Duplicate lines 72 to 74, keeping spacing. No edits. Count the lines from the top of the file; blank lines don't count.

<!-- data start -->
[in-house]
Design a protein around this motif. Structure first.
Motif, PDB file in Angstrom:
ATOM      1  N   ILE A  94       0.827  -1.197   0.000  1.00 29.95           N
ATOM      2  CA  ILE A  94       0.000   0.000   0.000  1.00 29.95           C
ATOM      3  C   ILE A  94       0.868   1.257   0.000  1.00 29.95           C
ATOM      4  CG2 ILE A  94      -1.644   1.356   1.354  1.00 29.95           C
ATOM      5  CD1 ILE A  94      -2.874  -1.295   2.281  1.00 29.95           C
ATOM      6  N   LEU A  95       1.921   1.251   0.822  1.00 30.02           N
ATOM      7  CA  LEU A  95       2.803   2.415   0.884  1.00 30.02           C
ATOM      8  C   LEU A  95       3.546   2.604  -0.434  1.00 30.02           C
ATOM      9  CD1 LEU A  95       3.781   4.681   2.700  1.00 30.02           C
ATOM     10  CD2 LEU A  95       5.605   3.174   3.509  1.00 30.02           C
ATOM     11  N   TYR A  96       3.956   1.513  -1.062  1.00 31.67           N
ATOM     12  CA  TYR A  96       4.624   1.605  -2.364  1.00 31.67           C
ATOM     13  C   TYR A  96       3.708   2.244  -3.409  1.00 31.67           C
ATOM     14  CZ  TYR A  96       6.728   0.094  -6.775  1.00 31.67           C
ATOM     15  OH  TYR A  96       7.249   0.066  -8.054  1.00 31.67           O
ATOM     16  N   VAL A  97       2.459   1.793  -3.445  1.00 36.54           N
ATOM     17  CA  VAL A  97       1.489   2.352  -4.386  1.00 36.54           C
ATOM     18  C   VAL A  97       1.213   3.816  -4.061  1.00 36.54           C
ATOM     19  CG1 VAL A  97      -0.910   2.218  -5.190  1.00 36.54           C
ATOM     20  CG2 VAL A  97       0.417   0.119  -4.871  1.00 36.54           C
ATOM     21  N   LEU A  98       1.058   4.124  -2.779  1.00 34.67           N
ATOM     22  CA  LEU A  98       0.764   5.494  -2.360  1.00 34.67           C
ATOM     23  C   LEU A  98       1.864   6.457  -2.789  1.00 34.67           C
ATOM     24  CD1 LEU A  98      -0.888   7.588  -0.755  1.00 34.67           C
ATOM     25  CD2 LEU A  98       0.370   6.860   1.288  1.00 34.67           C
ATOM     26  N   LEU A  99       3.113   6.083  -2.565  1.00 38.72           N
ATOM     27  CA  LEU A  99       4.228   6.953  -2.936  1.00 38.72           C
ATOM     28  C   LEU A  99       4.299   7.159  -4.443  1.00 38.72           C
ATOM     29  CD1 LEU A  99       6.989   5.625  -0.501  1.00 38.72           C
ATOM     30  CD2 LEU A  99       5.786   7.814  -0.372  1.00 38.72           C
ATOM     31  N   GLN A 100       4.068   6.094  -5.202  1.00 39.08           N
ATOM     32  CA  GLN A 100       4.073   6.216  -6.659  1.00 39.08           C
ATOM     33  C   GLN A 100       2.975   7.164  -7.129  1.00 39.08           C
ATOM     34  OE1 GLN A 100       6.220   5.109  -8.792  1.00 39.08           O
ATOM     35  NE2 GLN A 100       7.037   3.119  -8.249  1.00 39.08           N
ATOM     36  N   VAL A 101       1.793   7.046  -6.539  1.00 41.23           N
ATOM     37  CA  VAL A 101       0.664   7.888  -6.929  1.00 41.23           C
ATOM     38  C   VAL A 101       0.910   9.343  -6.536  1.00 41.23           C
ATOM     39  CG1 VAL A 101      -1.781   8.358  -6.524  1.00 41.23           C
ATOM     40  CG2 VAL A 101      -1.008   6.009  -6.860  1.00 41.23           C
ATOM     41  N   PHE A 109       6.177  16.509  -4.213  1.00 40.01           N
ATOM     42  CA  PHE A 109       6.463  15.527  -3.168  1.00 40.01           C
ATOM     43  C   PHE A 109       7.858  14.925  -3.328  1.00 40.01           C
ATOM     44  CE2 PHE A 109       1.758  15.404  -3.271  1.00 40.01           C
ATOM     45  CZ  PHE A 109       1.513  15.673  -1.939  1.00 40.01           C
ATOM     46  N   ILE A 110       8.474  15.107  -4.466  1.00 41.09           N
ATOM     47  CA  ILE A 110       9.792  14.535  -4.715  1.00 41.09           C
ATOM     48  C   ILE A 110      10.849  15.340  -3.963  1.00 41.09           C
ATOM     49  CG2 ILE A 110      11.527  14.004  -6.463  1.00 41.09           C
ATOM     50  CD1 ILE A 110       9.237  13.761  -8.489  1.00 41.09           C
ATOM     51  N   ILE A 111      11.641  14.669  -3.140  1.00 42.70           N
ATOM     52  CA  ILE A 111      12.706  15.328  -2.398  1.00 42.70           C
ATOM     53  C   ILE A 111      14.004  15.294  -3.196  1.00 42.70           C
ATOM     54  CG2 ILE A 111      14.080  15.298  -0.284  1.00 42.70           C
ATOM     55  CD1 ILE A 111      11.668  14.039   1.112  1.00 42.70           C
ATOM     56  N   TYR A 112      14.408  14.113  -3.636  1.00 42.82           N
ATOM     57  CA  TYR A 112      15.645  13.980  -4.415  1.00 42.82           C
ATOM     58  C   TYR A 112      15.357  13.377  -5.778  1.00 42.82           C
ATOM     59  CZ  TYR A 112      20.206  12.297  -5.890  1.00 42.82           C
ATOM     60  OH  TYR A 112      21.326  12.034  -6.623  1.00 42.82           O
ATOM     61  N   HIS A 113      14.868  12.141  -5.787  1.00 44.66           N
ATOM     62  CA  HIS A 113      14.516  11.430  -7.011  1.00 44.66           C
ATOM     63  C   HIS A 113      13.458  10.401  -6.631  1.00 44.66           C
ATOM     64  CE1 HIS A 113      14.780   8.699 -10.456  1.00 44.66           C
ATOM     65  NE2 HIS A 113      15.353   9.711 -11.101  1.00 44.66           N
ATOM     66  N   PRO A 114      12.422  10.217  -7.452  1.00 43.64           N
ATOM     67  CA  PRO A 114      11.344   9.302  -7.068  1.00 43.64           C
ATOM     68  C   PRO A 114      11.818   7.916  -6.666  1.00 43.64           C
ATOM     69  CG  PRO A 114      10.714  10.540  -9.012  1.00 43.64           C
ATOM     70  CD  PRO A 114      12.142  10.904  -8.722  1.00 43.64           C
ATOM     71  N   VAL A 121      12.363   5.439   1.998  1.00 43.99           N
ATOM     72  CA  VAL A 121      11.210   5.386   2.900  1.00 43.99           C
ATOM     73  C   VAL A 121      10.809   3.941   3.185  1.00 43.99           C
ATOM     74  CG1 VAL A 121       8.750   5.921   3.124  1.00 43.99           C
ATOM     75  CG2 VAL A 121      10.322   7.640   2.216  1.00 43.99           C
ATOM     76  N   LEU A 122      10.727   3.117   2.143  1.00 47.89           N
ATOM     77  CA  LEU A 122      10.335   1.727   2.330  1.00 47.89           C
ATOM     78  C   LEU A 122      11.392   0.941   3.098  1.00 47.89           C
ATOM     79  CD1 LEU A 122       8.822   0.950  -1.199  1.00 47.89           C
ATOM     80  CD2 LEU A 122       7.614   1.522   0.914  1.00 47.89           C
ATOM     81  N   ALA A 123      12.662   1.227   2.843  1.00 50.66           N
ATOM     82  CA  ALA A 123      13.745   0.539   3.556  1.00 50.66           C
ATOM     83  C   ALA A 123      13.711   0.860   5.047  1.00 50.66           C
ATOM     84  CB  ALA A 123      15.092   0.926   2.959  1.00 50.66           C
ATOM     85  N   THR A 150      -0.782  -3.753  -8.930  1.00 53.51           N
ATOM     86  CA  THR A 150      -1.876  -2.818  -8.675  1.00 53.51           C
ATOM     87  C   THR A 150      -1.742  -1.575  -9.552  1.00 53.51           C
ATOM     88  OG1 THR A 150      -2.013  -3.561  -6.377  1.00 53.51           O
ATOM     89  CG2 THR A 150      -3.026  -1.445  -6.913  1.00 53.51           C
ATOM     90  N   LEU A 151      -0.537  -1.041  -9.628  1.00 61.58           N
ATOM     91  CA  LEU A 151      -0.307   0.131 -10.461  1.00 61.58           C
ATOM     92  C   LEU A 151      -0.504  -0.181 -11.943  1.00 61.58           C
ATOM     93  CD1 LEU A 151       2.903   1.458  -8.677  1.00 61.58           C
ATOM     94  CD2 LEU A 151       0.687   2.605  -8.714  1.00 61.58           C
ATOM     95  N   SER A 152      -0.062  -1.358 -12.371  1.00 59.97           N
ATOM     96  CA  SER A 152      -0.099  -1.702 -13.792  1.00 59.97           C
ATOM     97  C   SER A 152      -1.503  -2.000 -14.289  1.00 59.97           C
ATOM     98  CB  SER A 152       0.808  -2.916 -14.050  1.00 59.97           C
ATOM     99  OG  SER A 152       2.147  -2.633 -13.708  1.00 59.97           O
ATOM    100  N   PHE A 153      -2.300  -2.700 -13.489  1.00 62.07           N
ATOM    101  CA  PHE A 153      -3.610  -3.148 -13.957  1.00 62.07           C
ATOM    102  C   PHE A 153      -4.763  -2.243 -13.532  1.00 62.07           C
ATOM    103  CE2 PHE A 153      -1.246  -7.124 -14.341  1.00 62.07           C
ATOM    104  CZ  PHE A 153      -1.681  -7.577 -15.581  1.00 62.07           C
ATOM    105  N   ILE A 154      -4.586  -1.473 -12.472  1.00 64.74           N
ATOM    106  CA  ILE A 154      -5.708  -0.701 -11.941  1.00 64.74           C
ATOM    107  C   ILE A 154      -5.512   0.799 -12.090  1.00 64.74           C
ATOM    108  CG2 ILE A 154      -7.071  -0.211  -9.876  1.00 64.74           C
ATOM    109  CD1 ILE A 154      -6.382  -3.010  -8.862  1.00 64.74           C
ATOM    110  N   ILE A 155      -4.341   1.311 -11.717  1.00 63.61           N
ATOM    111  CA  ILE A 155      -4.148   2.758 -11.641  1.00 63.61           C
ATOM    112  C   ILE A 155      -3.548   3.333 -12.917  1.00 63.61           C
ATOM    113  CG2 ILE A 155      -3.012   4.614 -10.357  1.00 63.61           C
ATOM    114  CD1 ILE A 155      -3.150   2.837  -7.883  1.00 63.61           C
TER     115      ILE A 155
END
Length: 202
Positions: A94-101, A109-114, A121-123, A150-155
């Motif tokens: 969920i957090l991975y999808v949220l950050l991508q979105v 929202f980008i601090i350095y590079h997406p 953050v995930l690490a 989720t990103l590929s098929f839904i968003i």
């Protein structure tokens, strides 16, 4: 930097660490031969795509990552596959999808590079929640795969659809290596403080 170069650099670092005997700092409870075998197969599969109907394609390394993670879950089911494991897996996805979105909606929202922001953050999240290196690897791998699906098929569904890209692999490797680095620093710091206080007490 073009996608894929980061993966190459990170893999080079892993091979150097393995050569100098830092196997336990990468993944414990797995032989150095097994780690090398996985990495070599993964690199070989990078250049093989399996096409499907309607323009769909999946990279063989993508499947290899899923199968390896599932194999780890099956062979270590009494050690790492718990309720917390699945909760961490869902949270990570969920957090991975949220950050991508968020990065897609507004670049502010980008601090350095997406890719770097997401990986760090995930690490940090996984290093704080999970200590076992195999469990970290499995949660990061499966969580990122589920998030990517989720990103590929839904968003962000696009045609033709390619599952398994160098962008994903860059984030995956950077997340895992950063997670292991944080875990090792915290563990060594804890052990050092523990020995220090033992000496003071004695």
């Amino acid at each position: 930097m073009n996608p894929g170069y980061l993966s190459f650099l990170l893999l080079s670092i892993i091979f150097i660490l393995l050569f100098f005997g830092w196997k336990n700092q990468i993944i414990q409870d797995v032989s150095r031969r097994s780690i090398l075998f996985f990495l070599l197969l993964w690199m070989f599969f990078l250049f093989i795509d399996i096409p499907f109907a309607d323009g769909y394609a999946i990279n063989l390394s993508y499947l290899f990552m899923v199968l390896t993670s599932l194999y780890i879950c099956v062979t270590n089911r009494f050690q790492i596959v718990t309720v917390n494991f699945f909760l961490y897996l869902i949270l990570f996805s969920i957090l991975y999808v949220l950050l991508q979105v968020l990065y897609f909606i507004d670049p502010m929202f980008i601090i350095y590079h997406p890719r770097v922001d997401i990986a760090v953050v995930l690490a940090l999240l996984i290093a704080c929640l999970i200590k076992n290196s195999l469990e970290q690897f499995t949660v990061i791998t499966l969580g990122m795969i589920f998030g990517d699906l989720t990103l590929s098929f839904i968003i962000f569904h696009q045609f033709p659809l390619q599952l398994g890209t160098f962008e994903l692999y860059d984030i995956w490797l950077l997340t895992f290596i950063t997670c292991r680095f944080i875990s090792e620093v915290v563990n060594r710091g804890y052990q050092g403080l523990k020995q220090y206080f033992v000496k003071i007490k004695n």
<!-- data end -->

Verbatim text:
ATOM     69  CG  PRO A 114      10.714  10.540  -9.012  1.00 43.64           C
ATOM     70  CD  PRO A 114      12.142  10.904  -8.722  1.00 43.64           C
ATOM     71  N   VAL A 121      12.363   5.439   1.998  1.00 43.99           N